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Broadside ballad entitled 'Mungo M'Gill'



Draw near ilka wight, that licens'd to retail
A dribble o' spirits, an' porter, an' ale,      
While I sing o' a carle, a great mense to your trade,
Tho' he forty lang miles frae King Willie was bred.
He keepit nae tavern nor splendid hotel,
Nae floors eoort wi' carpets, nor dandy hung bell;
But a cosie thack house at the fit o' the hill,
An' baith auld an' young liked queer Mungo M'Gill.

His house was weel kenn'd by the sign o' the Chair,
An' index o' meanin', altho' something rare;
For, a birkie ance seated, fan' to his surprise,
That the langer he sat he was sweerer to rise.
There the tailor an' souter took their fittin" drams,
An' the smith, owre a chappin, aft rested his trams,
An' but seldom a lade gaed awa frae the mill,
But the dust was synt down aside Mungo M'Gill.

Auld Mungo was gleesome, auld Mungo wss gash,
Wore a grey worsit wig on his time-polish'd pash,
An' a girdle-braid bonnet fu' bien an' fu' braw,
Wi' a tap like a red double-poppy in blaw;
A waiscoat o' red plush, inclos'd his roun' kyte,
His brown coat wi' ivory buttons shone white;
His knee an' shoe buckles were polish'd wi' skill:
Sae a snod clachan vintner was Mungo M'Gill.

When cronies cam' in for a cog an' a crack,
Wi'joke an' wi'jest Mungo seldom was slack;
He aye countenanc'd coshly ilk sentiment said,
Contradiction he kenn'd was nae help to his trade.
Or, when chance brang a guest in sair laden wi' care,
Auld Mungo could balsam the wound to a hair;
He could quote frae the beuk words o' comfort at will,
For nae priest was mair knacky than Mungo M'Gill.

When sederunts were driegh, Mungo kenn'd when to
His patients wi' ham, herrin', speldings, or cheese,
Things nobly adapted to gust a drunk mouth,
An as good afterhend for increasin' a drouth.
When the crack had grown tiresome, and Mungo did
It was lang 'tween the roun's that the gill-stoup play'd
He wad look ben the transe(wishin' nae time to spill,)
" Was't here ye were ca'in'?" quo' Mungo M'Gill.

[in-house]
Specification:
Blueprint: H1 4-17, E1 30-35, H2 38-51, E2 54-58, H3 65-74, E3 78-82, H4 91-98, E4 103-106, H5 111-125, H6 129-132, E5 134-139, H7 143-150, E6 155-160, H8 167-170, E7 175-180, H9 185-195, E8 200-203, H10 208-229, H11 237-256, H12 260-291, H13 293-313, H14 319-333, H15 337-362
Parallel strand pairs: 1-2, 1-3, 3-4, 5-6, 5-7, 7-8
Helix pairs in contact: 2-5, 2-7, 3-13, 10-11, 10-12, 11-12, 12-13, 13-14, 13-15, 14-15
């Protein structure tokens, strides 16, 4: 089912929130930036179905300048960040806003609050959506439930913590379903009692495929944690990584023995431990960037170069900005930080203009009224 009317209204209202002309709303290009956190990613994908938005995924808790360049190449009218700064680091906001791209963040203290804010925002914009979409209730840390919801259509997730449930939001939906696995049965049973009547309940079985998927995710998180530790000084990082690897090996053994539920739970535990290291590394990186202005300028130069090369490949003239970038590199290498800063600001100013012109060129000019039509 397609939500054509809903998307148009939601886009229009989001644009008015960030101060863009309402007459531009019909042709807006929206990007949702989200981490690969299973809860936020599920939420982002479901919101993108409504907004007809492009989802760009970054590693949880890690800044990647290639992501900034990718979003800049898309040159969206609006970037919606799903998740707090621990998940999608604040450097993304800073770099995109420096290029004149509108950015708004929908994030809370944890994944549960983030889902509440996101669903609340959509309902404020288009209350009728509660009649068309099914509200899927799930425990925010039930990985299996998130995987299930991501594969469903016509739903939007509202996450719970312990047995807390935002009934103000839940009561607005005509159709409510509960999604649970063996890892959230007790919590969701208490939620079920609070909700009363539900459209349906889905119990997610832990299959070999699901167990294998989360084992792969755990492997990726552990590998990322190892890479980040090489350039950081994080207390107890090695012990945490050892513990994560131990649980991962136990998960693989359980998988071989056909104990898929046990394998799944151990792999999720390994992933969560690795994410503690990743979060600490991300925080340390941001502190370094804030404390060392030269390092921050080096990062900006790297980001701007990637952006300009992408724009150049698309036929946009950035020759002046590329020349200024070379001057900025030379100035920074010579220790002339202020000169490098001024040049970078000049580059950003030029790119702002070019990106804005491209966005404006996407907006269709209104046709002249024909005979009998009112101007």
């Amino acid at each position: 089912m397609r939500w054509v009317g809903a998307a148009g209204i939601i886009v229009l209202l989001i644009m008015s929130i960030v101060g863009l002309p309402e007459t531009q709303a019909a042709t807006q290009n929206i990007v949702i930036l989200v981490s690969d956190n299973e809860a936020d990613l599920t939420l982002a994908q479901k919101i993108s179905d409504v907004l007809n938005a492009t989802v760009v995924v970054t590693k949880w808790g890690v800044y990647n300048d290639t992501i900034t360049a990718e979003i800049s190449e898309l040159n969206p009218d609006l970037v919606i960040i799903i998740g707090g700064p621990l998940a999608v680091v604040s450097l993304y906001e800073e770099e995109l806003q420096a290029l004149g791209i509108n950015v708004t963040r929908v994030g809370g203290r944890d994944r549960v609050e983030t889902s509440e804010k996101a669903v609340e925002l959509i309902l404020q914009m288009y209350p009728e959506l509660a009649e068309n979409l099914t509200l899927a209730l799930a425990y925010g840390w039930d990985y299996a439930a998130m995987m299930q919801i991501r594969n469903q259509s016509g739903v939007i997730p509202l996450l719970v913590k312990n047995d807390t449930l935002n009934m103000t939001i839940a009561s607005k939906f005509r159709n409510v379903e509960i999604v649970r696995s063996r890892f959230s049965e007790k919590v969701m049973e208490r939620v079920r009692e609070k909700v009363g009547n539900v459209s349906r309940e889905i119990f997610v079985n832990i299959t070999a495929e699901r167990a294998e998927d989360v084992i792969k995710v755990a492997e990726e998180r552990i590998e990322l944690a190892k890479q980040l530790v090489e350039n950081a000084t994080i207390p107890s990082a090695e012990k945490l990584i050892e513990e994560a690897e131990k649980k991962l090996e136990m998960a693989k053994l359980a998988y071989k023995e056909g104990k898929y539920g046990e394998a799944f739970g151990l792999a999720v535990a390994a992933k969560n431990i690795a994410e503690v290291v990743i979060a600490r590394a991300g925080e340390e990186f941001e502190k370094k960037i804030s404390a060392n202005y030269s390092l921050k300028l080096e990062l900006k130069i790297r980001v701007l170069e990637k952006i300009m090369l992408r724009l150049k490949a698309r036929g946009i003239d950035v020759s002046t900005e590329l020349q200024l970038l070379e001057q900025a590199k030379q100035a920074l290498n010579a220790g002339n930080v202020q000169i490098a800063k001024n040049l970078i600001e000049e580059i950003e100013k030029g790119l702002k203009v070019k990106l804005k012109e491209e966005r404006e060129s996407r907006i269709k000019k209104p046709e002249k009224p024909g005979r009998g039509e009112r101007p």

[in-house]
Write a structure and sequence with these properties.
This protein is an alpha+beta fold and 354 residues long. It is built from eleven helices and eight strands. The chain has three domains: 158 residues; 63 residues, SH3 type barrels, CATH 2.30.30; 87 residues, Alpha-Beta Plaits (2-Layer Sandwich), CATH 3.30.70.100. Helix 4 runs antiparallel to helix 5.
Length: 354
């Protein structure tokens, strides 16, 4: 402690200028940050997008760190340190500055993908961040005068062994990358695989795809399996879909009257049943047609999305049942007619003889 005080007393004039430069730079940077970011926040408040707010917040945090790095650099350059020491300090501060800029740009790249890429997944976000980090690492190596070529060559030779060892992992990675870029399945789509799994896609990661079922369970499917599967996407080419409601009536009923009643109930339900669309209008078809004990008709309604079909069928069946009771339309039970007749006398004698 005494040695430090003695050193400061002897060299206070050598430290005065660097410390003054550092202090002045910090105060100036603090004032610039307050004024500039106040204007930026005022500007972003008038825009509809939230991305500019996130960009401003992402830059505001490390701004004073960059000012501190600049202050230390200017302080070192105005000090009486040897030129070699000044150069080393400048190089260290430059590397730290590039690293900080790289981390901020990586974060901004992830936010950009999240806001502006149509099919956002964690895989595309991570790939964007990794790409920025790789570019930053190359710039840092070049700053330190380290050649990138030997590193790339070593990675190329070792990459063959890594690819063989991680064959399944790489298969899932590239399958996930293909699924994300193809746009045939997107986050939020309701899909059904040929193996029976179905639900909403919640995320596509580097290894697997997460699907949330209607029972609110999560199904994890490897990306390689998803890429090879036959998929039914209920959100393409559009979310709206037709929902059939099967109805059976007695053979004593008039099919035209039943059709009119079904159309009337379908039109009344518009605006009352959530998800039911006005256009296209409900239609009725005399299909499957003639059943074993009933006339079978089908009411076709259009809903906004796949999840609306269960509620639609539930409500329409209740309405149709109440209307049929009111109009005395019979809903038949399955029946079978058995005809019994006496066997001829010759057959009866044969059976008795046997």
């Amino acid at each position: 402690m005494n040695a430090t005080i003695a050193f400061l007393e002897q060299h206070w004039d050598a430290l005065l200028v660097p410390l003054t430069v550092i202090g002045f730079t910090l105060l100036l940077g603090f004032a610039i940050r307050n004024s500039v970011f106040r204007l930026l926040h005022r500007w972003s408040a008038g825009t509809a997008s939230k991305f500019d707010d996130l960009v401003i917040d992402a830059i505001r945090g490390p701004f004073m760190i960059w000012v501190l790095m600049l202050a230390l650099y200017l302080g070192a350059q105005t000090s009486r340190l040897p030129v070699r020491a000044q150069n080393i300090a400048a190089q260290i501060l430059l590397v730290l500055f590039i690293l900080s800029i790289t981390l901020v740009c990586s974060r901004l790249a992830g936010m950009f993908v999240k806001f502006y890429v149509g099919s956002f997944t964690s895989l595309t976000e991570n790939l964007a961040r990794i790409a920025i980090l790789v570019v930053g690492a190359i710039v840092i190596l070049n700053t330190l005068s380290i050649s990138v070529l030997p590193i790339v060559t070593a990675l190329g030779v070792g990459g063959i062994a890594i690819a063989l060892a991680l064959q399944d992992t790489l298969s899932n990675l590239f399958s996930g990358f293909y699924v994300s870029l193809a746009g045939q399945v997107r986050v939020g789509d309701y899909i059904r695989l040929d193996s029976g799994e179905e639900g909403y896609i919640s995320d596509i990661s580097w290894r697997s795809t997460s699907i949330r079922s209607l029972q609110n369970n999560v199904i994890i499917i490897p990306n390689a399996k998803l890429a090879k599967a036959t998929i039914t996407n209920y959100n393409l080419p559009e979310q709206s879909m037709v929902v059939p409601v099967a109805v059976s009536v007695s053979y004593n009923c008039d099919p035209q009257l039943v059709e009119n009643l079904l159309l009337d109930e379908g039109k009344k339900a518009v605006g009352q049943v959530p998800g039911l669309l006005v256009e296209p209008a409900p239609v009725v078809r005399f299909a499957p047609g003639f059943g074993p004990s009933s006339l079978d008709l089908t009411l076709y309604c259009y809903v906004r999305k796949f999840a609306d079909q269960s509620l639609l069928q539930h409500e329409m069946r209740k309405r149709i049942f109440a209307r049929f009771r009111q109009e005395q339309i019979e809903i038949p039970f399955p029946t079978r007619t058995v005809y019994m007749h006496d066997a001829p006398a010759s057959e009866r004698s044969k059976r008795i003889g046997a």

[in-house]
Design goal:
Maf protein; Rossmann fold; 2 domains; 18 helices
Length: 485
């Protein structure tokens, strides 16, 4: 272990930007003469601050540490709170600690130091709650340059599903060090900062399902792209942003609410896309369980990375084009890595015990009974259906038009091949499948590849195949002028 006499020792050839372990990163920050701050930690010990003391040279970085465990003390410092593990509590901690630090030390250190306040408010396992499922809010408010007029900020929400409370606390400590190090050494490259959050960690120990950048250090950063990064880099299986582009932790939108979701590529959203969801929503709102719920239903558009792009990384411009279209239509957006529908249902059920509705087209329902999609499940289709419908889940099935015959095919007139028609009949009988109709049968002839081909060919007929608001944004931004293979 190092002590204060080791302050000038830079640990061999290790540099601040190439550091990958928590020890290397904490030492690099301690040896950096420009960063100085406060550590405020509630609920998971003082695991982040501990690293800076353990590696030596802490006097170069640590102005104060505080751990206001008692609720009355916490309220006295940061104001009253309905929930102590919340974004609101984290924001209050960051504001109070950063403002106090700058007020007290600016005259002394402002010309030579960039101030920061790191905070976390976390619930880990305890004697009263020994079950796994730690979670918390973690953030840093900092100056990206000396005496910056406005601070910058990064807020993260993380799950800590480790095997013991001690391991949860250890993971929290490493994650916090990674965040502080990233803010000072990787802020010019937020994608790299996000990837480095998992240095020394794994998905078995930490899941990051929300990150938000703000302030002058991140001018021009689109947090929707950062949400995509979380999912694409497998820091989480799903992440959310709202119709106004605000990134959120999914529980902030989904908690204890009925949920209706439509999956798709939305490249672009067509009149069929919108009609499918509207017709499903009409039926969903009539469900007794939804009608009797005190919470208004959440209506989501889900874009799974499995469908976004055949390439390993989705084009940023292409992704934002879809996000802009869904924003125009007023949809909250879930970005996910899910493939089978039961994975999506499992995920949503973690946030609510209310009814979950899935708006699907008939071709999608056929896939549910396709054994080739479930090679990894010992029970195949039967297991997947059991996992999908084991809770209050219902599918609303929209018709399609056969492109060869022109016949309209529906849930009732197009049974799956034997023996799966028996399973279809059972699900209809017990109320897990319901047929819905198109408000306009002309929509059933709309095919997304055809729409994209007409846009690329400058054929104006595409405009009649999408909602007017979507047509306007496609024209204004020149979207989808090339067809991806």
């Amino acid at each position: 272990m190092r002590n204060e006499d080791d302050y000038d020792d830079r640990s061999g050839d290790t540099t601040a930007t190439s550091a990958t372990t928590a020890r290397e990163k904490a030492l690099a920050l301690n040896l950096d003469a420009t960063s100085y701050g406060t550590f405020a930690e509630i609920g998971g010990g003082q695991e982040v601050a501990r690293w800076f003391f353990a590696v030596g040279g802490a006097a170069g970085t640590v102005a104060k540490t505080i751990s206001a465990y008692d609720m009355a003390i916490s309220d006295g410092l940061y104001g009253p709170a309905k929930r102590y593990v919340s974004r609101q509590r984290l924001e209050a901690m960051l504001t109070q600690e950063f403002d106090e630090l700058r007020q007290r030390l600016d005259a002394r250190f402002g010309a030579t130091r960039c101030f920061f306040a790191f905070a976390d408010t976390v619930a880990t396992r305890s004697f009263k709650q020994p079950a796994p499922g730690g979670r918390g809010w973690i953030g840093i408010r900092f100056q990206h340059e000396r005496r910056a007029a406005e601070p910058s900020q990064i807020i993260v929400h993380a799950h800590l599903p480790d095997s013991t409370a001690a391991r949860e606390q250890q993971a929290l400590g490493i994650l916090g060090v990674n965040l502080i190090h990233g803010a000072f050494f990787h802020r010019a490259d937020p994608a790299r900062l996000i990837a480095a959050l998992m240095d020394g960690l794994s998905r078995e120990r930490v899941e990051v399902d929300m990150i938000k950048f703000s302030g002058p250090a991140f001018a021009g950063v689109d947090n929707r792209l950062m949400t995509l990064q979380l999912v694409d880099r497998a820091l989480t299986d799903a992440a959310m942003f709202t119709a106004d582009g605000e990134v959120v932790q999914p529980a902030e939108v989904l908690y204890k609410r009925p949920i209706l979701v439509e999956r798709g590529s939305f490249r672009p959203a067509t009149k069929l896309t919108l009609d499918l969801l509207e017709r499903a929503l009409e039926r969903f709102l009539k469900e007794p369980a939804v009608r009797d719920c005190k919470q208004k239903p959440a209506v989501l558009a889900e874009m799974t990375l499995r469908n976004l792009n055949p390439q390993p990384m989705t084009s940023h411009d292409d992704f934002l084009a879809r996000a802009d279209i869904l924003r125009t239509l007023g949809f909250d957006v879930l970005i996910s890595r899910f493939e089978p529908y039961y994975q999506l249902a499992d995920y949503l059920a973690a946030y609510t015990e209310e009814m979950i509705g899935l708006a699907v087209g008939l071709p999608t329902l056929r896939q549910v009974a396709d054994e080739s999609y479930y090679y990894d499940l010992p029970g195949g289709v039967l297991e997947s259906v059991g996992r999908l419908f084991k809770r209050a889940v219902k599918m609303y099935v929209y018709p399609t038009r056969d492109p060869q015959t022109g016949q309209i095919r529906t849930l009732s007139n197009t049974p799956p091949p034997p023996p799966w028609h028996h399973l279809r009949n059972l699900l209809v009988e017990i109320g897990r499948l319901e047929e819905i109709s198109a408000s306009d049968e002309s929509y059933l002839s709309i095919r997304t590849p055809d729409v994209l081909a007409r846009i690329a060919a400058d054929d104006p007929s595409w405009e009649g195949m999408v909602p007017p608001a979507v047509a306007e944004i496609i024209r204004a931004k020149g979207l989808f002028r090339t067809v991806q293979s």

Auld Nepple, his spouse, was nae waur than himsel'
For watching the motion o' baith stoup an' bell;
And when birkies were bungt, Neps but seldom did fail
To water the stoupie to keep their heads hale.
Or, to please the rough gabs o' the sons o' the mine,
She wad sharpen its taste wi' the spirit-o'-wine:
Syne auld Mungo wad laugh at his wife's paukie skill,
For an inbringing joke liked Mungo M'Gill.

To suit ilka comp'ny he had a rare knack,
Wi' drink to ilk taste, or wi' sang, or wi' crack,
Frae the grave-spoken laird, wi' his dull hingin' brow,
To the eat-witted tailor, wi' drink ravin' fou.
He had liquor as good as e'er gusted a gab,
An' he had it as worthless as e'er fleee'd a fab;
Yet the fient a ane ever disputed his bill,
For their trim was aye watch'd by slee Mungo M'Gill.

The gauger an' he aye squar'd 'counts to a tee,
Tho' fou ilka visit, he toddilt hame free;
This straughtit the beuks an' prevented a' strife,
An' ae permit sairt Mungo the hale o' his life.
But, ilk thing has an end, an' a puddin' has twa,
Auld age warsilt roun', an' took Mungo awa;
An' but few o' his trade e'er his fitstaps will fill,
For a dungeon for craft was auld Mungo M'Gill.

The clachan was left in a pityfu' case,
Tears fill'd ev'ry ee, an' grief lengthen'd ilk face;
But the tailor, an' souter,'an' miller 'boon a',
To hae seen, wad hae melted a whinstanc awa':
An' the smith, at the draigie, sat back in the neuk,
Loudly sabbin his lane, while nae whisky he took ;
An' ilk kimmer sigh'd out that was sib to a gill?
" Sers! we'll ne'er see the like o' auld Mungo M'Gill!"

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Probable period of publication: 1830-1840   shelfmark: RB.m.169(021)
Broadside ballad entitled 'Mungo M'Gill'
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